“Edible education” was a concept first introduced to California middle schoolers nearly 25 years ago. Restaurateur and food educator Alice Waters theorized that students’ relationship with food, and their community, would strengthen as they learned to grow and eat healthy produce. The practice continues at Green Animals Topiary Garden in Portsmouth (owned by The Preservation Society of Newport County), where an edible schoolyard pilot program was initiated in 2015. It couldn’t have been a more appropriate place. There’s been a vegetable garden on-site for nearly 150 years, part of what was once a private country estate that also included a summer residence, farm outbuildings, and bucolic pasture on seven acres bordering Narragansett Bay.
Under the supervision of Chief Horticulturist Dan Christina, the Edible Schoolyard’s mission is to build a curriculum for kids that focuses on environmental sustainability and connecting various subjects to the garden. At its core, the Edible Schoolyard is a teaching garden set amid the oldest and most northern topiary garden in the US (it dates back to 1872). Lessons in the classroom seamlessly link to the outside, where Dan introduces students as young as kindergarten to a wide range of dirt-to-dinner plate produce.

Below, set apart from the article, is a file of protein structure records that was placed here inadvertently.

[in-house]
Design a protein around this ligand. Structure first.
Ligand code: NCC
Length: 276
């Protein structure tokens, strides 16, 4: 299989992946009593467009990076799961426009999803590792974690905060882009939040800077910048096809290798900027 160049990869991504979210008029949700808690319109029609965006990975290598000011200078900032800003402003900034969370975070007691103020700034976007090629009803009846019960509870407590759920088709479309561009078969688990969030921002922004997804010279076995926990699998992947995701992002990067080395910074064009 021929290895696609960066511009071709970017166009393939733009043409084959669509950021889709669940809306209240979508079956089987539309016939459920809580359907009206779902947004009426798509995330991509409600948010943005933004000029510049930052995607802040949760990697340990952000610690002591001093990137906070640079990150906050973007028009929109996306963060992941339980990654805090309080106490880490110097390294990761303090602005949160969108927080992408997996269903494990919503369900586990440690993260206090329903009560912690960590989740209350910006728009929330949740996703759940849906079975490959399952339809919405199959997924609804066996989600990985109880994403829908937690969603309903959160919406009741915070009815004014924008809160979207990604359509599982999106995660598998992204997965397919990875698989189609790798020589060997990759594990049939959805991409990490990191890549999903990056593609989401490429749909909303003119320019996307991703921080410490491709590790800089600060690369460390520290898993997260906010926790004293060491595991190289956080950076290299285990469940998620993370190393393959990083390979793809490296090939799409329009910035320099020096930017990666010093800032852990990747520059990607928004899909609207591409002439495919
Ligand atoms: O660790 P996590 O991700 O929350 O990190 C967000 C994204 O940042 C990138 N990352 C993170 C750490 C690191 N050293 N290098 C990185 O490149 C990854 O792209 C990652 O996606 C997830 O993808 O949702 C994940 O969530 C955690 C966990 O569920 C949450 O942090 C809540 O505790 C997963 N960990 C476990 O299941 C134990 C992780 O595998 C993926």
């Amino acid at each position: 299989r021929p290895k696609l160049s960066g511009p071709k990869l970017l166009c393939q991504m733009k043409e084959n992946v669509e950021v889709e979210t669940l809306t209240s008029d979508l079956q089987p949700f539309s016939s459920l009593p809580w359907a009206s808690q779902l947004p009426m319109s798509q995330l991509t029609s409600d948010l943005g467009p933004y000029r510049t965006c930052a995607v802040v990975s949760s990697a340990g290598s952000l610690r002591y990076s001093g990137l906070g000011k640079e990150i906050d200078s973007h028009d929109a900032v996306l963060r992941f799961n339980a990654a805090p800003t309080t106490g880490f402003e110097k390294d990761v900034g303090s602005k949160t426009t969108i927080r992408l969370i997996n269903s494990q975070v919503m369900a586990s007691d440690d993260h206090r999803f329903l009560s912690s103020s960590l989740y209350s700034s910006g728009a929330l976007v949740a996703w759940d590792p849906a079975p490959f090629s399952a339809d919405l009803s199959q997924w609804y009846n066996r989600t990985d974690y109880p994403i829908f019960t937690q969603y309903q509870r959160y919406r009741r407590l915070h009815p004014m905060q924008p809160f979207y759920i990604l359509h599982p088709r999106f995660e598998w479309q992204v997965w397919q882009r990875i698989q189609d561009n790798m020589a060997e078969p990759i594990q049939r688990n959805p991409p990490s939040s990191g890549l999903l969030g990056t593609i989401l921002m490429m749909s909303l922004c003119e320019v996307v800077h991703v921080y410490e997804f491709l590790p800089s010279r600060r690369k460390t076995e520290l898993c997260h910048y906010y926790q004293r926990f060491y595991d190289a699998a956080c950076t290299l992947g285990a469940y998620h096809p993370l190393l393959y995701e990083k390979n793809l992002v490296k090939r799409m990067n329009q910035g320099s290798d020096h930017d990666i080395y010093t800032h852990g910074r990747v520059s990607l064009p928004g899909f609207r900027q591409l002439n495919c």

“The students that return will be planting all sorts of crops: lettuce, radishes, turnips, beans, cabbage, kale, carrots, and various greens, [plus] some crops from seeds and some from transplants that were started in mid-August,” says Dan. “Some of these are quick crops, ready to harvest in 25 to 35 days. Some will be ready mid-October, and some will produce all the way to December – and beyond, depending on the weather!”
Nearly 100 varieties can be found in the schoolyard, where Dan also showcases some of the less commonly grown-at-home vegetables including celeriac, beets, tomatillos, and herbs like lemongrass. In this savory and sustainable environment, students are not only learning about how to seed, grow, and make healthy food choices, but about where these foods come from, their cultural relevance, impact factors like climate, and how to reduce vulnerability to animals and pests (for the most part, Dan practices organic and pesticide-free growing).
“One of the fun things is that many of the students who have the opportunity to return from the spring sessions of programs will get to harvest and eat crops they have planted,” he says. “It is a really nice way to connect those students to how simple it can be to grow your own food and makes it a little more special of a return trip.” And in October, for their efforts to create “positive pathways to the future”, the Edible Schoolyard will be recognized by the Rhode Island Council for Humanities as a recipient of their Innovation in the Humanities Award.